Last week, I began the last paragraph of my sermon with, “So, it’s been quite a week.” Well, it’s been quite a week again, hasn’t it? Our shared experience of our nation’s health combined with our individual experiences of everyday life in a pandemic can be overwhelming at times, difficult to get away from. Doan suggested compiling a playlist of songs in tune, if you will, with the times. In less than a minute we came up with Land of Confusion by Genesis; We Didn’t Start the Fire by Billy Joel; REM’s It’s the End of the World As We Know It (And I Feel Fine); and The Final Countdown by Europe. I added Motorhead’s End of Time – Doan wouldn’t come up with that off the top of her head. I wanted to call it our Soundtrack to the Apocalypse, so I was disappointed when I found out that Slayer already has a box set called Soundtrack of the Apocalypse.
Today’s Gospel lesson deals with its own apocalypse, in the truest sense of the term: to reveal, a revelation, an uncovering. Jesus decided to travel through the region of Galilee, and somewhere near or in Bethsaida, He comes across Philip, who is quickly convinced that Jesus is, in fact, the Messiah they had been waiting for. Philip, understandably excited, finds his friend Nathaniel (who also goes by Bartholomew), and tells him that they have found the one, the one that even Moses talked about, the one the prophets foretold.
And, well, He’s from Nazareth. This is where I figure that Nathaniel and I would have gotten along. Nathaniel’s first instinct, rather than to, say, marvel at what his friend was saying, was to make fun of Nazareth.
And why not? “Nazareth was southwest of the Sea of Galilee, and a very small community, probably less than 500 people during Jesus’ lifetime. Being so small, and not adjacent to major cities, it was the last place one would expect anything interesting to happen. Calling someone a “Nazarene” would have been like referring to them as a “bumpkin,” or even a “hillbilly.” Nathanael’s question is more than a little sarcastic. He assumes that Nazareth couldn’t produce much of worth,” let alone someone Moses talked about.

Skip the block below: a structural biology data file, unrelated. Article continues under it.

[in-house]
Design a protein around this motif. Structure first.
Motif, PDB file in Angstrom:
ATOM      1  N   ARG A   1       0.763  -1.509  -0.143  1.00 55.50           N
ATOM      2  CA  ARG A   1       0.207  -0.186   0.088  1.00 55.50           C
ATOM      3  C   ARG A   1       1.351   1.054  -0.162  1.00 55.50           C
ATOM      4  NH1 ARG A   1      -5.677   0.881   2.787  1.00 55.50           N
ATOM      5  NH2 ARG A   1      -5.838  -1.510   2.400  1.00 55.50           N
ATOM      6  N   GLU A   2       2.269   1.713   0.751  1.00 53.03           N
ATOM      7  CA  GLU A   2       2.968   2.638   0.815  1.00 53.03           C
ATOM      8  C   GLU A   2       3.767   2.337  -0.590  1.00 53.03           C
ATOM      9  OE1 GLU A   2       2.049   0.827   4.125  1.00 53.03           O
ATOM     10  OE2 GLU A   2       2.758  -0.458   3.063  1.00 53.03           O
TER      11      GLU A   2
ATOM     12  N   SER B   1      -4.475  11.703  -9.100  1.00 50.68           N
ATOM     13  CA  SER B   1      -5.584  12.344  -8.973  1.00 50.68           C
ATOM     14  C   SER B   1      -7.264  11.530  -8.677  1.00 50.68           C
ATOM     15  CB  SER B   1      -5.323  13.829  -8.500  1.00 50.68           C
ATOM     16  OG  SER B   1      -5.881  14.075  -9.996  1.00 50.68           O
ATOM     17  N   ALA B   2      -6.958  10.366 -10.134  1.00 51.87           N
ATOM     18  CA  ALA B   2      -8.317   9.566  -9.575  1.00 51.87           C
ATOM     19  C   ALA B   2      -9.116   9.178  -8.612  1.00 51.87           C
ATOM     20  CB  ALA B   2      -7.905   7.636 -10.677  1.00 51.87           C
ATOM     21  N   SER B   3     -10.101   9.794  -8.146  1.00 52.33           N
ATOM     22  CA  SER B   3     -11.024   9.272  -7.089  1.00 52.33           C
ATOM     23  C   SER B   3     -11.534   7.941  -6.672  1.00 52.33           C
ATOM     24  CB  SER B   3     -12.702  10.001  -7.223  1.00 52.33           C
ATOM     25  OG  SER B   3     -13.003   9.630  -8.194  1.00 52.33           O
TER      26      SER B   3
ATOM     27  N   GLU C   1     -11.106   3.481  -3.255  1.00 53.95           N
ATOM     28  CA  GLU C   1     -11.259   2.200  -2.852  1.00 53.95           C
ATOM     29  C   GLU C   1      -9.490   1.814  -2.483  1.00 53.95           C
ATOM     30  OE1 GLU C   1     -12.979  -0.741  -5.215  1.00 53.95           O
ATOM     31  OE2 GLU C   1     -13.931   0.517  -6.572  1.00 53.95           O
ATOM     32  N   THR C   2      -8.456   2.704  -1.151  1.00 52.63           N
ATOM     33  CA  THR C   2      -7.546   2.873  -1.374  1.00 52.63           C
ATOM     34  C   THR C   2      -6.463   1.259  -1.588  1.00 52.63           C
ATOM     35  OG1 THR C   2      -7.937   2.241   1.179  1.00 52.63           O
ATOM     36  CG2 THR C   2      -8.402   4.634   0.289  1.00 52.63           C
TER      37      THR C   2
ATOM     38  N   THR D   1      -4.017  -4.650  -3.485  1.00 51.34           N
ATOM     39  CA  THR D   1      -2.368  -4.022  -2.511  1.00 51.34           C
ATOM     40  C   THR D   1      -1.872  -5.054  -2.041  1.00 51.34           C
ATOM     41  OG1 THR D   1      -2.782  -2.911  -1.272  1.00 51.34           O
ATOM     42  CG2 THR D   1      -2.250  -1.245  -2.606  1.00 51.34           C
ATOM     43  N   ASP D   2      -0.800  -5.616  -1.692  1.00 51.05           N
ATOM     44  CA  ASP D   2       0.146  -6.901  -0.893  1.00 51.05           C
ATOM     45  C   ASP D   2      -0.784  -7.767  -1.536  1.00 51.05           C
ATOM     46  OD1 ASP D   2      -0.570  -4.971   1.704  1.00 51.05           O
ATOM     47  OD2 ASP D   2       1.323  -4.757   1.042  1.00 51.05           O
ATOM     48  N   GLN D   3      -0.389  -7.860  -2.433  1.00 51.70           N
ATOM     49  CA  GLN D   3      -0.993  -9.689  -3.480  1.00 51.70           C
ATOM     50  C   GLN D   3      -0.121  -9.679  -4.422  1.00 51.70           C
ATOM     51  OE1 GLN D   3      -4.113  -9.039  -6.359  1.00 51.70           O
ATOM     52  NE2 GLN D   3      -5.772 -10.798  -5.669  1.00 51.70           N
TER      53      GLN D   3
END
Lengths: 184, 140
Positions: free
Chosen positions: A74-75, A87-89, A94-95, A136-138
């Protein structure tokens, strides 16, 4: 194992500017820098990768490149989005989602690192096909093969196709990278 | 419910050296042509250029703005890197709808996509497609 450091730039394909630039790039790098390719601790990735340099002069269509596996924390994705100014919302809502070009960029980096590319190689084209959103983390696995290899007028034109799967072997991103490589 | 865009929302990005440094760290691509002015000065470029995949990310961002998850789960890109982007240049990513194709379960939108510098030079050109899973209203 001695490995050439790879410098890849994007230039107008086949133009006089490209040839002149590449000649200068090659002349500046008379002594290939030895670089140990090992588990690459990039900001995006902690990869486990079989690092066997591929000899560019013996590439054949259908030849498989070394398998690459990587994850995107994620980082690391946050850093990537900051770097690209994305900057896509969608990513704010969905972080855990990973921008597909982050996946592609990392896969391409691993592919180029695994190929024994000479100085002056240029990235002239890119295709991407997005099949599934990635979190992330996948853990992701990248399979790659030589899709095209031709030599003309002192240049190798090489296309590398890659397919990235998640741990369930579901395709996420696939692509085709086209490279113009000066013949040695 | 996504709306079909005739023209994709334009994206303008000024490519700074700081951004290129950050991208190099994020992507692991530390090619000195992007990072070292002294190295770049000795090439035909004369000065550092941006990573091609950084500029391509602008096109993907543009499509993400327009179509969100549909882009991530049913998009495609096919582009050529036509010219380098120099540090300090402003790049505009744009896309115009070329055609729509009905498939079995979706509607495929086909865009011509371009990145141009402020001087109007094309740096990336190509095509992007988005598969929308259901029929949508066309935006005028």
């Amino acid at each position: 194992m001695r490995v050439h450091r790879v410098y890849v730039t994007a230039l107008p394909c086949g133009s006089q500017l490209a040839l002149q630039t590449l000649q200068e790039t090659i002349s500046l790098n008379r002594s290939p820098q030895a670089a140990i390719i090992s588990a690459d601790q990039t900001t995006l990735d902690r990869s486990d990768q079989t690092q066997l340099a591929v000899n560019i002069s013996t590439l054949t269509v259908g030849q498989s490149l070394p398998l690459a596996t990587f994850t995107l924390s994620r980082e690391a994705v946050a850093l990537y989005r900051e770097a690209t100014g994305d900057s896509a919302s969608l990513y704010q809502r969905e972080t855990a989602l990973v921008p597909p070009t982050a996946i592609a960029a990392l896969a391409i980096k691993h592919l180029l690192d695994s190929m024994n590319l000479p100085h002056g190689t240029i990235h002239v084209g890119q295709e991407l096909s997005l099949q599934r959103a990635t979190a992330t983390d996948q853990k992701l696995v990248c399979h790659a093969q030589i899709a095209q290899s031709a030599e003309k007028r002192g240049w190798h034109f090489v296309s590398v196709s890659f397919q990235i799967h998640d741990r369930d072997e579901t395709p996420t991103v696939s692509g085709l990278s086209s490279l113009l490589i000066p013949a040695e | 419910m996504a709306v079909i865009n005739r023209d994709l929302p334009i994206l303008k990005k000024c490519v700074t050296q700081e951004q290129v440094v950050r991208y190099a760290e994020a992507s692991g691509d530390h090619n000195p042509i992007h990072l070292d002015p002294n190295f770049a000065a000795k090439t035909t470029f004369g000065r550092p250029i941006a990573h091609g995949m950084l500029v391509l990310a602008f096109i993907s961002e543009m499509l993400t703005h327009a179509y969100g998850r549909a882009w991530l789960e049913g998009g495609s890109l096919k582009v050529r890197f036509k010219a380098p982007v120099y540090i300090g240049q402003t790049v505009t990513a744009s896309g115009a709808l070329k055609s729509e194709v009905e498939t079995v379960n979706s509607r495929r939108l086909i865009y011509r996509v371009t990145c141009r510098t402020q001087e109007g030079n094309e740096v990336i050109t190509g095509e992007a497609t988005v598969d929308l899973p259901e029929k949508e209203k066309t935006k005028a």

Philip, for his part, kept his head about him. He must have known Nathaniel pretty well, well enough to know that he might greet stupendous news with humor and skepticism. And so Philip didn’t argue, he instead invited. “Can anything good come out of Nazareth?” Well, come and see.
Nathaniel would come to see. Jesus had seen him, seen him under the fig tree, a traditional place for the faithful to sit and contemplate the wonders of God. Jesus had seen Nathaniel’s true spirit, the spirit of an honest man, what you see is what you get, whether you like it or not. And Jesus promised that Nathaniel would see, would see the heavens opened, the angels of God in their processions. He would see Jesus in all His glory.
Come and see. What Philip knew and Jesus confirmed is that talking about Jesus and meeting Him in person are two wildly different things. Easy to say for the guy standing here talking about Jesus, right?
That’s why the response always has to be “Come and see.” Come and see who Jesus is to me, to us, to our community. Come and see what knowing Jesus looks like; how knowing Him changes your life forever; how when you come and see, you never know what you’ll see, what will be revealed to you.
It’s been quite a few weeks, surely, but just as surely, things will eventually work together for the good of those who come and see the one from Nazareth, the one Moses and the prophets spoke about, the Son of God and King of Israel.